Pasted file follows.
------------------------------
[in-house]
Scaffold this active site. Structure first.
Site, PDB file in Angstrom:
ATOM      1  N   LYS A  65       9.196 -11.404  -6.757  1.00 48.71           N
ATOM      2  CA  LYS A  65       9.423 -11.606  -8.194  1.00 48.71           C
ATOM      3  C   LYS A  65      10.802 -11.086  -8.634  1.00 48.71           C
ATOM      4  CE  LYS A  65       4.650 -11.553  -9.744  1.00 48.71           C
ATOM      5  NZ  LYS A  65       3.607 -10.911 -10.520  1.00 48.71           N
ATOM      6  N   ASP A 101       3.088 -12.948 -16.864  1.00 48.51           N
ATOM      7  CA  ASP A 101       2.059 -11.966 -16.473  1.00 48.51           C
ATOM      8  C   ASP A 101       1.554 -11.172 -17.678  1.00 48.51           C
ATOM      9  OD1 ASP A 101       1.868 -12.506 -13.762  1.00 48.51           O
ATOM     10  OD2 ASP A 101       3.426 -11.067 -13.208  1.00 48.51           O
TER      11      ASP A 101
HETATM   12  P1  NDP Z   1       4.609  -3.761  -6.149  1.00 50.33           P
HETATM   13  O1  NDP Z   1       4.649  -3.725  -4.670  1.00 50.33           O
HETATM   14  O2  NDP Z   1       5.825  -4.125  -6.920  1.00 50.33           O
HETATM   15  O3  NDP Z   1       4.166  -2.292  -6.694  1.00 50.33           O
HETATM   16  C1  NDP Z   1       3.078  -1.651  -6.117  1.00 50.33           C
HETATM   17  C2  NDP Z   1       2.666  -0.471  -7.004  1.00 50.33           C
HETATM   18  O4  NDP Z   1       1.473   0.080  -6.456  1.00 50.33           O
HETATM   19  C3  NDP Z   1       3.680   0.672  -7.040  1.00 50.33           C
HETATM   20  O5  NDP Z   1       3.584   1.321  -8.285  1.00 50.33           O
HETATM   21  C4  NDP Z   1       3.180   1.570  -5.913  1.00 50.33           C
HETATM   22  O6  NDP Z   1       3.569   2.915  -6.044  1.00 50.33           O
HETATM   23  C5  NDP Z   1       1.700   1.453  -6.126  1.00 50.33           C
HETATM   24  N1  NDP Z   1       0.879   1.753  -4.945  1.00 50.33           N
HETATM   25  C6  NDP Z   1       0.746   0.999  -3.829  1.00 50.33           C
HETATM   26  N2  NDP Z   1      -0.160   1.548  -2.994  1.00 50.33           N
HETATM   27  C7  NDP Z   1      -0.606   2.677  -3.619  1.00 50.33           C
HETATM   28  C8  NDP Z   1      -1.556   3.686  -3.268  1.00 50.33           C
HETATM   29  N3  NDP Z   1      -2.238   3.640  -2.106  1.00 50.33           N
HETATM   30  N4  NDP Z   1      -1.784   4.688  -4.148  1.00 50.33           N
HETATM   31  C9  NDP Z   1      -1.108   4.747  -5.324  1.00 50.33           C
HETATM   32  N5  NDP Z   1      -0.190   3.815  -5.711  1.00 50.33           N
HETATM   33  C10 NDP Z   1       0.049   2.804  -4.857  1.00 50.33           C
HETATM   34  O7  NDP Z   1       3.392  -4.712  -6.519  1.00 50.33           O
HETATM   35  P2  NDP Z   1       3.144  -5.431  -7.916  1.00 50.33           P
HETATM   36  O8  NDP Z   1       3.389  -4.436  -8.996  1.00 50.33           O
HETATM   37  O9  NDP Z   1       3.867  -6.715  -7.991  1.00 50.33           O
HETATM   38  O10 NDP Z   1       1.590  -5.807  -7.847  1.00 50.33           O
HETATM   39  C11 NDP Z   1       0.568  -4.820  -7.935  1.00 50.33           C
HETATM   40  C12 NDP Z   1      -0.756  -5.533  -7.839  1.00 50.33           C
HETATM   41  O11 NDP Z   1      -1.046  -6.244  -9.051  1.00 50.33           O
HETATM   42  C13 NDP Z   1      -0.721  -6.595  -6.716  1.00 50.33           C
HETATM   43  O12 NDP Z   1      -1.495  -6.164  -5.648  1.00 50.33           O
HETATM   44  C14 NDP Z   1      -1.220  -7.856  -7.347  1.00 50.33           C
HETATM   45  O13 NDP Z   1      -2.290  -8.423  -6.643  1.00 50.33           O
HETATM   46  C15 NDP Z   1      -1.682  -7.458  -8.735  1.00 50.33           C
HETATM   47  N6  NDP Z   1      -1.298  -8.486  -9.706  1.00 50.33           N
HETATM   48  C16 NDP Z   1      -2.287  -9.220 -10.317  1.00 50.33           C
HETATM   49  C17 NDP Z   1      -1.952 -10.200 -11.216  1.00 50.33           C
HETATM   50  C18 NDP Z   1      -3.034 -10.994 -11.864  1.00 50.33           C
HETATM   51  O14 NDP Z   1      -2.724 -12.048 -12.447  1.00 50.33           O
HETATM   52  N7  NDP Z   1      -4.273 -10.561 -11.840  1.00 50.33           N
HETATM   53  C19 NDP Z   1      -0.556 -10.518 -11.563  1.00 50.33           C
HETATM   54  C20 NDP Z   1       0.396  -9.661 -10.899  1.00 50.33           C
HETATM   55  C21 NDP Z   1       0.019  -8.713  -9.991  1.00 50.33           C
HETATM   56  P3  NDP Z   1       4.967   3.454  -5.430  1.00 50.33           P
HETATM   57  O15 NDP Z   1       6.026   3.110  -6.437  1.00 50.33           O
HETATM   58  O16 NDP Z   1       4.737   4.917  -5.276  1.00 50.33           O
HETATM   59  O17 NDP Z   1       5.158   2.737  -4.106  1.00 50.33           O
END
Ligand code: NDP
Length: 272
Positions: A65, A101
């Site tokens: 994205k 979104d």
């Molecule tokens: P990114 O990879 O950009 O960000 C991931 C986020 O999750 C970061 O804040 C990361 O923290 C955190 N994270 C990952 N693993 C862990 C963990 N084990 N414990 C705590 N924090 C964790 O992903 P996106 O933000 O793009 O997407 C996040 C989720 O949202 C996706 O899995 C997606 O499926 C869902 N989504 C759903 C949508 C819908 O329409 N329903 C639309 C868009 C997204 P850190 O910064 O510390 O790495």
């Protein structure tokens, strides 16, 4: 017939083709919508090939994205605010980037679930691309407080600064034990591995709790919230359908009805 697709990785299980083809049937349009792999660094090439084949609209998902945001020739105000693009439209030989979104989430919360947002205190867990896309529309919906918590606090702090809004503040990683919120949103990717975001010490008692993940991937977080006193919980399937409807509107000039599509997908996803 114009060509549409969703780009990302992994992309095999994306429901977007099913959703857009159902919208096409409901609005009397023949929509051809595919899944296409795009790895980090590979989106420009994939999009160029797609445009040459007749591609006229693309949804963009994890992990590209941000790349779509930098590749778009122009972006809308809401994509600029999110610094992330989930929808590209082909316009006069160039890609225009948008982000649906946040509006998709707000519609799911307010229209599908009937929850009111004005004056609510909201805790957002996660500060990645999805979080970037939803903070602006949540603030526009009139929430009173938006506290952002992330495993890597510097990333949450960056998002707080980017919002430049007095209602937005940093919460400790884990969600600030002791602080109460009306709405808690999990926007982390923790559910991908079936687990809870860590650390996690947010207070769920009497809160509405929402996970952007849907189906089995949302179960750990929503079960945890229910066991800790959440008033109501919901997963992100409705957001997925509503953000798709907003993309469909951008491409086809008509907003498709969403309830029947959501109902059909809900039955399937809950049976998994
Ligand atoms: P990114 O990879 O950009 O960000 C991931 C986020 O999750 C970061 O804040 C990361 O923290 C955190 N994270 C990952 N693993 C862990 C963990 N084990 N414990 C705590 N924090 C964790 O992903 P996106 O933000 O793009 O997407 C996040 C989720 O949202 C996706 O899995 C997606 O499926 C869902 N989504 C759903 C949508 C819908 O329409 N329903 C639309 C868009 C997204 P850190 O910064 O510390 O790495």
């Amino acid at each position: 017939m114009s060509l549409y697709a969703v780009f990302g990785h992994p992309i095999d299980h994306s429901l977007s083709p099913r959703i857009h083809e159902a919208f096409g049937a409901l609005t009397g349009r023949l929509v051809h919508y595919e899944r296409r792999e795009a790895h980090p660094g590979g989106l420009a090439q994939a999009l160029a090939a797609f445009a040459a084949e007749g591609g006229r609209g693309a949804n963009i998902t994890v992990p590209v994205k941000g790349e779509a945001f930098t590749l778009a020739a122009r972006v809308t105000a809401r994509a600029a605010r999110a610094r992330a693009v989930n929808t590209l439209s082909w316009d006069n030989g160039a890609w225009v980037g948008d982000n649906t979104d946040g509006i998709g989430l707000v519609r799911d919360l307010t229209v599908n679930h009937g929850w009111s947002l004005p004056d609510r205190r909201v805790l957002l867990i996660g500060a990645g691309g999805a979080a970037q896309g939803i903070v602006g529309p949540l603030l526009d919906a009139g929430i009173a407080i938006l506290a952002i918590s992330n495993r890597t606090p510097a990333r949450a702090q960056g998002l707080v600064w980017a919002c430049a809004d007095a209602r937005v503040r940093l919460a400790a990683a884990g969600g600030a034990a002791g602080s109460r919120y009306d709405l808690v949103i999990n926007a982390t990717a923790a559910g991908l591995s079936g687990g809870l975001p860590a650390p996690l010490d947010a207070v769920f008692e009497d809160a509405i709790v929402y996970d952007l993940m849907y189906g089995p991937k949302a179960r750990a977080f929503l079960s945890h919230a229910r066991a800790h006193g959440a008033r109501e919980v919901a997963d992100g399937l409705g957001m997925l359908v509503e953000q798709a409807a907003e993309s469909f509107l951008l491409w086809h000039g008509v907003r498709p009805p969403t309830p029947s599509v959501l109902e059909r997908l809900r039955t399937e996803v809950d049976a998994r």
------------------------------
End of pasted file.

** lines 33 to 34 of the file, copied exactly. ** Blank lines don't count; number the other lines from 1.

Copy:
HETATM   30  N4  NDP Z   1      -1.784   4.688  -4.148  1.00 50.33           N
HETATM   31  C9  NDP Z   1      -1.108   4.747  -5.324  1.00 50.33           C